Stainless steel pans are usually provided with copper bottoms. The reason for this could be that
(a) copper bottom makes the pan more durable.
(b) such pans appear colourful.
(c) copper is a better conductor of heat than the stainless steel.
(d) copper is easier to clean than the stainless steel.
(c) copper is better conductor of heat than the stainless steel.

NCERT Extended Learning Activities and Projects

Question 1.
Go to the doctor or your nearest health centre. Observe the doctor taking temperature of patients. Enquire:
a. Why the doctor dips the thermometer in a liquid before use.
b. Why is the thermometer kept under the tongue.
c. Whether the body temperature can be measured by keeping the thermometer at some place other than the mouth.
d. Whether the temperature of different parts of the body is the same or different.
Hint:
a. The doctor dips the thermometer in a liquid so that, the mercury drops to 35 degrees and also so that the infections of the previous person who used the thermometer is also removed.
b. The thermometer is kept under the tongue because the intense heat of our body is present under our tongue.
c. We can measure the temperature of the body by keeping thermometer at some place other than mouth like armpit.
d. The temperature of different parts of the body is not exactly the same but it differs slightly.

Question 2.
Go to a veterinary doctor (a doctor who treats animals). Discuss and find out the normal temperature of domestic animals and birds.
Hint:
Normal body temperature varies greatly between animals. Normal temperature of an animal ranges from 38.3°C to 39.2°C. Normal temperature of a bird is around 40°C.

Question 3.
Wrap a thin paper strip tightly around an iron rod. Try to burn the paper with candle while rotating the iron rod continuously. Does it burn? Explain your observation.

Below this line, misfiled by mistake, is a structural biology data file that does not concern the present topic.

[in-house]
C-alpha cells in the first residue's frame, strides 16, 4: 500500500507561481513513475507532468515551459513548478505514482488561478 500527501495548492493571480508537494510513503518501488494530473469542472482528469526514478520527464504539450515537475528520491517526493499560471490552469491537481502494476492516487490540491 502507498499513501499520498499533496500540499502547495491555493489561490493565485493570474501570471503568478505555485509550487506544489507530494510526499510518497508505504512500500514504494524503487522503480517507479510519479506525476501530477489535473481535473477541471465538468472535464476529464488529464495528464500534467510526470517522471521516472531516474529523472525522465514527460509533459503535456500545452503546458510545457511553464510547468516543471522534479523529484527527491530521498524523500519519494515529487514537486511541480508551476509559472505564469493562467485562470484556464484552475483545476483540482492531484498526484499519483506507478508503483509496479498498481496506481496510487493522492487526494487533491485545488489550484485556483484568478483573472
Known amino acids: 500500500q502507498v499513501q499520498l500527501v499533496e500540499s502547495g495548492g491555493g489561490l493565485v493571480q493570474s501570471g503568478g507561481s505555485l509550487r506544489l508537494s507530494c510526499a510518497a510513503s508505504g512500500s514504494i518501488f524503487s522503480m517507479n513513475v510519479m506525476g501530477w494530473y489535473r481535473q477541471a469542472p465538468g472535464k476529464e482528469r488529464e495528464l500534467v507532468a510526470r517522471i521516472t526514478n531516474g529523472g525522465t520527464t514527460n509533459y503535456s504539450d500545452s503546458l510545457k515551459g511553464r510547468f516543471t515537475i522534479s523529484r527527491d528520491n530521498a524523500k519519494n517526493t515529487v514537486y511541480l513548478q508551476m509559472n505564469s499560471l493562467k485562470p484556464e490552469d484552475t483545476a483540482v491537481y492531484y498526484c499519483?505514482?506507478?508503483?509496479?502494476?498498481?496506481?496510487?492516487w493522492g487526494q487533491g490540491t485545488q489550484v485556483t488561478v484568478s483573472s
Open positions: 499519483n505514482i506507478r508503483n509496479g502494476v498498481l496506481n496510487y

Hint:
The paper doesn’t bum. The main reason for this consequence is that the iron rod has a high melting point and is a good conductor of heat and hence absorbs the heat and doesn’t allow the paper to reach its ignition temperature.

Question 4.
Take a sheet of paper. Draw a spiral on it as shown in the figure. Cut out the paper along the line. Suspend the paper, as shown in figure, above a lighted candle. Observe what happens. Think of an explanation.

Hint:
As you suspend the spiral paper above the candle. The air around the lighted candle heats up. Since hot air is lighter than cold air, the air that surrounds the candle rises and pushes on your spiral, causing it to spin. The upward movement of hot air causes the movement in spiral paper.

Question 5.
Take two similar transparent glass bottles having wide mouths. Put a few crystals of potassium permanganate or pour a few drops of ink in one bottle. Fill this bottle with hot water. Fill the other bottle with cold water. Cover the cold water bottle with a thick piece of paper such as a postcard. Press the postcard firmly with one hand and hold the bottle with the other hand. Invert the bottle and palace it on top of the hot water bottle. Hold both the bottles firmly. Ask some other person to pull the postcard. Observe what happens. Explain.
Hint:
It can be observed that the, coloured hot water initially ruses up and the clear cold water sinks down at the bottom of the first bottle. Gradually, they mix together to attain a uniform colour and temperature. This demonstrates the process of convection.

Activity 1

Objective: To find the degree of hotness or coldness by the sense of touch.
Materials required: Three bowls, hot water, ice-cold water and water at room temperature.